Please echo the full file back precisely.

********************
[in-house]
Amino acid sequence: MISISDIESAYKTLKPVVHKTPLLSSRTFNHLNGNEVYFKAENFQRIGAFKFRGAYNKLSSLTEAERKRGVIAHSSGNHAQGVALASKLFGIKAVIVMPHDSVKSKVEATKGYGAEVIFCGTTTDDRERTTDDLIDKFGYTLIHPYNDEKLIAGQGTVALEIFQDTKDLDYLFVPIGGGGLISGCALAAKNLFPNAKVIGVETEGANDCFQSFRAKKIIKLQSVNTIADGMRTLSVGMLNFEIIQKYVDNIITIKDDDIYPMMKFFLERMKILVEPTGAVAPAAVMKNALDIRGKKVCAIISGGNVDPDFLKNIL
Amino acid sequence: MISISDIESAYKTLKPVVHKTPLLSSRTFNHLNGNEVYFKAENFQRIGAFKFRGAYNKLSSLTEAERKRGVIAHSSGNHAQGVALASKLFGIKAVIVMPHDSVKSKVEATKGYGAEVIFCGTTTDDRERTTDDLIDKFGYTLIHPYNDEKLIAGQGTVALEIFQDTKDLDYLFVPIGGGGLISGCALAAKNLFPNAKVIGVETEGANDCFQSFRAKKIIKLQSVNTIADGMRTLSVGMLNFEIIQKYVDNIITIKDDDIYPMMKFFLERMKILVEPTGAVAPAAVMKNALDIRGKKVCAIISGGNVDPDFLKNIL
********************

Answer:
[in-house]
Amino acid sequence: MISISDIESAYKTLKPVVHKTPLLSSRTFNHLNGNEVYFKAENFQRIGAFKFRGAYNKLSSLTEAERKRGVIAHSSGNHAQGVALASKLFGIKAVIVMPHDSVKSKVEATKGYGAEVIFCGTTTDDRERTTDDLIDKFGYTLIHPYNDEKLIAGQGTVALEIFQDTKDLDYLFVPIGGGGLISGCALAAKNLFPNAKVIGVETEGANDCFQSFRAKKIIKLQSVNTIADGMRTLSVGMLNFEIIQKYVDNIITIKDDDIYPMMKFFLERMKILVEPTGAVAPAAVMKNALDIRGKKVCAIISGGNVDPDFLKNIL
Amino acid sequence: MISISDIESAYKTLKPVVHKTPLLSSRTFNHLNGNEVYFKAENFQRIGAFKFRGAYNKLSSLTEAERKRGVIAHSSGNHAQGVALASKLFGIKAVIVMPHDSVKSKVEATKGYGAEVIFCGTTTDDRERTTDDLIDKFGYTLIHPYNDEKLIAGQGTVALEIFQDTKDLDYLFVPIGGGGLISGCALAAKNLFPNAKVIGVETEGANDCFQSFRAKKIIKLQSVNTIADGMRTLSVGMLNFEIIQKYVDNIITIKDDDIYPMMKFFLERMKILVEPTGAVAPAAVMKNALDIRGKKVCAIISGGNVDPDFLKNIL